Sunday, November 10, 2019

Late-Stage Capitalism, twists our thinking, and gives us the right to hurt others

If you've noticed, I haven't been blogging much lately. I've been distracted by bigger societal concepts that I'm finding aren't easily explained. But as a lifelong Wisconsinite, one issue does hit closer to home.

The bottom line is this: The fight to change Wisconsin is nearly impossible now, not that anyone should stop trying. Real change is at least 10 to 20 years off, so if you're already over 50, what we have now isn't going to change much.

Scott Walker's Wisconsin has always been ahead of Trump's dystopian authoritarian movement nationwide. The state is now sealed up tight by confident gerrymandered Republicans who can spitefully and arrogantly block every move by elected Democrats. And right-wing voters won't vote against their own party, ever. 

Lost Decade and More...: Wisconsin's "real Americans" have made it perfectly clear; if we don't like it here we should leave. In other words, "liberals" should give up on over 50 years of investment in our families and homes, all treasured values made as irrelevant and worthless as downloadable music. The "radical liberal" agenda has been stopped, so we can preserve our amazingly perfect state.

Enter...The Thinking made possible by Late-Stage Capitalism: The effect on all of us emotionally is a weapon used by Republicans to create fear, division, and mistrust. The following is normalized:
“How is it so many of the poor vote against their economic interests by putting robber baron Republicans into power?” The benefit these Republican voters are getting is a visceral one ... Better a stable world that’s familiar, in which I’m doing pretty poorly, than dealing with all the ambiguity of a changing world. It is catharsis. You get someone who’s good at manipulating those emotions and what they do is to raise every terrifying prospect one could imagine: “We’re being invaded by hordes of rapists and drug dealers, etc. The whole world is laughing at us, but here’s the solution. The solution is me.”
This is the stress that pushes people towards parochialism and banding together with comfortingly similar faces. This type of stress pushes people towards being less empathetic. It pushes towards the worst kinds of stress management, which is scapegoating.
Capitalisms Worst: Welcome to Fitzgerald/Vos's World: How we got here is explained to some degree, and it makes you wonder how we're ever going to pull ourselves out of this deepening resentful morass: 
How capitalism created the post-truth society — and brought about its own undoing: When historians are studying the rise and fall of capitalism, they might look back at Glenn Beck’s 2010 Earth Day meltdown as a seminal moment.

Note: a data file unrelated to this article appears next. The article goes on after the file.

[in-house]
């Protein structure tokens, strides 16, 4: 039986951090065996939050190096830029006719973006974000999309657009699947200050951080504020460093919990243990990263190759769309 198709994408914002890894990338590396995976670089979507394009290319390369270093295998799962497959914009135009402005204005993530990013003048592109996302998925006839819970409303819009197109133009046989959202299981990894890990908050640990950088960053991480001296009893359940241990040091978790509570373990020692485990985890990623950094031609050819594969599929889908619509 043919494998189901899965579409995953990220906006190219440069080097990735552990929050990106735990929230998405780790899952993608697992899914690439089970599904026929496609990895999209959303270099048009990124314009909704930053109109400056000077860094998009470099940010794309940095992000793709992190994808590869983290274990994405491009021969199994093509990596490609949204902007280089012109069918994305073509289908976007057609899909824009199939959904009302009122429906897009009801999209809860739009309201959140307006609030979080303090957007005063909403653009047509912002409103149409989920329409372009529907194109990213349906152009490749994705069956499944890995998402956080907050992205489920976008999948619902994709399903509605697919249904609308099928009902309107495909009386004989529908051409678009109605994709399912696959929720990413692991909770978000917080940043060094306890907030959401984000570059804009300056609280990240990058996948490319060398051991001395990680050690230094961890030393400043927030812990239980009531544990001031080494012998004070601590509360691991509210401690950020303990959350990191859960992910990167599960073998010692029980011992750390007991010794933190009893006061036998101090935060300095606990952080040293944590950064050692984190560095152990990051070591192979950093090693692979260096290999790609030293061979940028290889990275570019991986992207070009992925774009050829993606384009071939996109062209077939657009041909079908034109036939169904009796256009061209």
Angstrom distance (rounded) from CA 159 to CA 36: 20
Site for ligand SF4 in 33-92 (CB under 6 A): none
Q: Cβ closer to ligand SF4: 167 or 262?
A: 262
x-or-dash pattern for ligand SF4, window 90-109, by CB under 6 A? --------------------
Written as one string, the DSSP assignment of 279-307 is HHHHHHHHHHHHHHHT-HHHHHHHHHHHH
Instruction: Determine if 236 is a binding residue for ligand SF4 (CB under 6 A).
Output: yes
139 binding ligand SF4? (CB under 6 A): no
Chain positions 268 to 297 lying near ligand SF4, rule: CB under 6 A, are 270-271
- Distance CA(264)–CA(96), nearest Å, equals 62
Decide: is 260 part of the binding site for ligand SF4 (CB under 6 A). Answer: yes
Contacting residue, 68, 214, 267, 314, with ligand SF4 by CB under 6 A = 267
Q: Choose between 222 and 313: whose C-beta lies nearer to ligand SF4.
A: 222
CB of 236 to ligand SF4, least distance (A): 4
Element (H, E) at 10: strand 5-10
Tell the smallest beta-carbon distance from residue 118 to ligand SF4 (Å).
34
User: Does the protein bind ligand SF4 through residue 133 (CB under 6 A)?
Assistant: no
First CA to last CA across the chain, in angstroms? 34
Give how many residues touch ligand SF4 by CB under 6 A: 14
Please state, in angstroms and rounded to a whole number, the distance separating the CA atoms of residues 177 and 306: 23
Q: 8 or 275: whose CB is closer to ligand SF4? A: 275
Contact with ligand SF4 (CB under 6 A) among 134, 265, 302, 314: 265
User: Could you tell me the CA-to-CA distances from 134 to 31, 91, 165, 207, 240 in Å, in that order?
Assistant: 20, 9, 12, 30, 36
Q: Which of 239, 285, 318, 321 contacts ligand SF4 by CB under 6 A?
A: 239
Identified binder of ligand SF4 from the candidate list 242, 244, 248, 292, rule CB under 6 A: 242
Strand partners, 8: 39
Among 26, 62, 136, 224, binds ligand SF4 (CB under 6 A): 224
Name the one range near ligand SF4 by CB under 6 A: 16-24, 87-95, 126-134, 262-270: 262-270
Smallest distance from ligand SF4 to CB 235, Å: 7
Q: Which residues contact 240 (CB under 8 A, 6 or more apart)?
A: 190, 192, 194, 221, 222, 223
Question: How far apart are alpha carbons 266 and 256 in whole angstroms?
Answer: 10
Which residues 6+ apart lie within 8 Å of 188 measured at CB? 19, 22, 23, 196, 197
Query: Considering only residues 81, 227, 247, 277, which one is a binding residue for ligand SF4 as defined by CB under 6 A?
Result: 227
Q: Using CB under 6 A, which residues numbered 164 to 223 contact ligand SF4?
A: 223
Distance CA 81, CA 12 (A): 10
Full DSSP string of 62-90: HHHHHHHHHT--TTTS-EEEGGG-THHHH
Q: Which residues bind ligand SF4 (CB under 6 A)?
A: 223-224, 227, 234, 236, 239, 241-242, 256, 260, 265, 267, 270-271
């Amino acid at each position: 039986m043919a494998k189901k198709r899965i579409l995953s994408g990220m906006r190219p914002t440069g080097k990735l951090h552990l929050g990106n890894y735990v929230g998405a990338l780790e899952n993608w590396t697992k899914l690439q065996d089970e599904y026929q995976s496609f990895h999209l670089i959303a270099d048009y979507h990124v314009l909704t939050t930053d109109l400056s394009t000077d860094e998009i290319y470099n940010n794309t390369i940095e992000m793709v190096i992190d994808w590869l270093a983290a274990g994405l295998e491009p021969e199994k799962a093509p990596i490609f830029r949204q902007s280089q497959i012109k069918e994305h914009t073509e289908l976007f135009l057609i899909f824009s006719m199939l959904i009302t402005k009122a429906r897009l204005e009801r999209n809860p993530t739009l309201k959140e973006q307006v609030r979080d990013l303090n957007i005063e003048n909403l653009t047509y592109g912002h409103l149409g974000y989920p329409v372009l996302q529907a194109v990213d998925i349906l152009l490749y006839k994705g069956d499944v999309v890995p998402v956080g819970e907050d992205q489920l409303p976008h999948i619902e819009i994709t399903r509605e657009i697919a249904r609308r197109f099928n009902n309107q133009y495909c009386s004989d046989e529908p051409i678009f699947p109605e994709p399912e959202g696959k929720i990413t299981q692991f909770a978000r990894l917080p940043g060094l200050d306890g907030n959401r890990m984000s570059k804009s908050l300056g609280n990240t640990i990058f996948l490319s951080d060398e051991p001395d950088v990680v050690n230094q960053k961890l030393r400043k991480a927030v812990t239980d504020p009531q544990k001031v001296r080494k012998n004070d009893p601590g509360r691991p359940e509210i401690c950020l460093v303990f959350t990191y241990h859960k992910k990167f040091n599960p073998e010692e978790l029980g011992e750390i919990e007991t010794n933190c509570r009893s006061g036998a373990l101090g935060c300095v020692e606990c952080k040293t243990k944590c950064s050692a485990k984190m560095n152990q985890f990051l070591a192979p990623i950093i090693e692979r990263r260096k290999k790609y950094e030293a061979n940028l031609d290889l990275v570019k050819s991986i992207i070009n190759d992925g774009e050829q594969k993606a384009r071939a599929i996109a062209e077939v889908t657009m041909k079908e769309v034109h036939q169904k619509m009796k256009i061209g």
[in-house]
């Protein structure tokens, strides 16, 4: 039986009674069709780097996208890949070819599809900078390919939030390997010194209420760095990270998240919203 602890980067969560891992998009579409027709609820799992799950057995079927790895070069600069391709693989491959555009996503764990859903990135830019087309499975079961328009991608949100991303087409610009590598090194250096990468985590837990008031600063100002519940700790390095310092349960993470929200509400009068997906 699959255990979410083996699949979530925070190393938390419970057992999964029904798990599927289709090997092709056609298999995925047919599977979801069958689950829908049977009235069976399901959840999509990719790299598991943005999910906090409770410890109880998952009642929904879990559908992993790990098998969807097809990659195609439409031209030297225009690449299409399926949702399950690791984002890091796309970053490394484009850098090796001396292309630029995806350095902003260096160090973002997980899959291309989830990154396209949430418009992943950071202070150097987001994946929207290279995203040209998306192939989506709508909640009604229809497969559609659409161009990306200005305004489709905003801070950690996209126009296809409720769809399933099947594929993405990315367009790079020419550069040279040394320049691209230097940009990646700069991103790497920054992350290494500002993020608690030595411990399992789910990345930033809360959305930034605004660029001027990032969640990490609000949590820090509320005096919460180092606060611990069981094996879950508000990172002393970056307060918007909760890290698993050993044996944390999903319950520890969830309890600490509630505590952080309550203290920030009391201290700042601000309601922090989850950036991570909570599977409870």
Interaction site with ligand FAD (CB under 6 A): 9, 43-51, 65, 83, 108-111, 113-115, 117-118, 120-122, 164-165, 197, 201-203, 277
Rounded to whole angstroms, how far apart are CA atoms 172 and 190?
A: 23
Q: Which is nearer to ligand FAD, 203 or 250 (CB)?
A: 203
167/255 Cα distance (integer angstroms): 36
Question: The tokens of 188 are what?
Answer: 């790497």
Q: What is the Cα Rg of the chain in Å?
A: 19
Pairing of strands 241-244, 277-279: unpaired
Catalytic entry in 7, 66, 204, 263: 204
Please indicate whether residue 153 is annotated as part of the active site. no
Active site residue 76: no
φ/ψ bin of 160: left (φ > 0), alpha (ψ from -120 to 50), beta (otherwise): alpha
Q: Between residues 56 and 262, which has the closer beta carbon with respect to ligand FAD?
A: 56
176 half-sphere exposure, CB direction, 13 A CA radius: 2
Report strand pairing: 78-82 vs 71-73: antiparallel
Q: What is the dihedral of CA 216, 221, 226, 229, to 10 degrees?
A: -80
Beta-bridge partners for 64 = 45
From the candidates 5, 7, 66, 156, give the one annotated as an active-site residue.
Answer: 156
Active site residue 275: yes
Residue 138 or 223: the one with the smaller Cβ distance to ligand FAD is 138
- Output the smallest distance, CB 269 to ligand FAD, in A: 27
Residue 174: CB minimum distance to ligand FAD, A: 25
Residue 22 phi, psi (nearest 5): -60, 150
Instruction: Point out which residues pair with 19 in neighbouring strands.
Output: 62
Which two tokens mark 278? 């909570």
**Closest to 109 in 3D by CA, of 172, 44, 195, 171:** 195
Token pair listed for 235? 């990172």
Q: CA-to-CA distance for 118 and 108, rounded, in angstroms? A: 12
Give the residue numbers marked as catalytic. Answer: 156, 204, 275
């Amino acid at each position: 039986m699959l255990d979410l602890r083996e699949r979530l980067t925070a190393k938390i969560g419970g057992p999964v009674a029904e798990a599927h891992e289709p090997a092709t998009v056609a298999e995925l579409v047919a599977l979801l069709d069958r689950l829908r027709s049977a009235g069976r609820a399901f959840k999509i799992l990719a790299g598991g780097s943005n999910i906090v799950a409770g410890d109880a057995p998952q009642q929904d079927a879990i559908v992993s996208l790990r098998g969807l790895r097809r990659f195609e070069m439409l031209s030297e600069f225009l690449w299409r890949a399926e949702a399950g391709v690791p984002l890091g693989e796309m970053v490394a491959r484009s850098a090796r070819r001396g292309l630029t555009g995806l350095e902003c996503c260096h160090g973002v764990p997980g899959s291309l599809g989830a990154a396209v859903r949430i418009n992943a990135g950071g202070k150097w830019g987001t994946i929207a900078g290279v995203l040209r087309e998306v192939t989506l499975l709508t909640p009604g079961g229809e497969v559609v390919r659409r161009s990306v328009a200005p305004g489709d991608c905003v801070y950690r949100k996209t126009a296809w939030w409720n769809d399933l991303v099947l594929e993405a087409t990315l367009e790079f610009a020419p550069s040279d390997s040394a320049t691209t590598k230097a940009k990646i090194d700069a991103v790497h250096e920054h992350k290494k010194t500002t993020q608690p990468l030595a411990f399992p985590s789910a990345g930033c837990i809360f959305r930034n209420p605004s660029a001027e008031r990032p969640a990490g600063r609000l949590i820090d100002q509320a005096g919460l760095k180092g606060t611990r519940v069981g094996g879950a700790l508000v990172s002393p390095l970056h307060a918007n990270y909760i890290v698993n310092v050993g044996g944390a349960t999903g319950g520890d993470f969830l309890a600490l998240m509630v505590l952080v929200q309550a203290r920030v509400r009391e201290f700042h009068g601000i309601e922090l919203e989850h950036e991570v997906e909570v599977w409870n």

8 years ago Glenn Beck essentially prophesied the brand of spite politics that animates much of the right today. Beck gleefully … turn on as many lights as possible in his home during Earth Hour, and to intentionally pollute as much as possible on Earth Day. “I’m going to burn garbage in my backyard with Styrofoam.” Beck told a caller on his April 22, 2010 radio program, “Have you cut down your Earth Day tree yet and put it in your living room? It’s great.”

Beck seems to believe it is his individual choice — his individual freedom, he believes (or is told to believe), and that burning Styrofoam is somehow as American as apple pie. Beck, of course, doesn’t own the atmosphere. We all have to breathe the same one.

 Yet capitalism begat this culture, this notion that we alone have the individual right to do whatever we want with our time, money, or our lighters — even (or especially) if it hurts others. Capitalism, to function, requires us to collectively deny the sheer idea of the collective good. The ideological core of late capitalism is the supremacy of the belief in one’s individual beliefs and actions — regardless of how they make others suffer, or are morally or factually wrong.

Neoliberal capitalism requires us to have the maximum degree of consumer freedom, yet almost no economic or political freedom. One might come to believe that we have the right to believe whatever we want to — even if those beliefs are immediately provably untrue. Freedom to believe in one’s own, individual universe; freedom to pick and choose facts, and discard those that are disagreeable. My slightly shocking proposition, then, is this: what if capitalism, ultimately, has created its own undoing by normalizing a post-truth society? 

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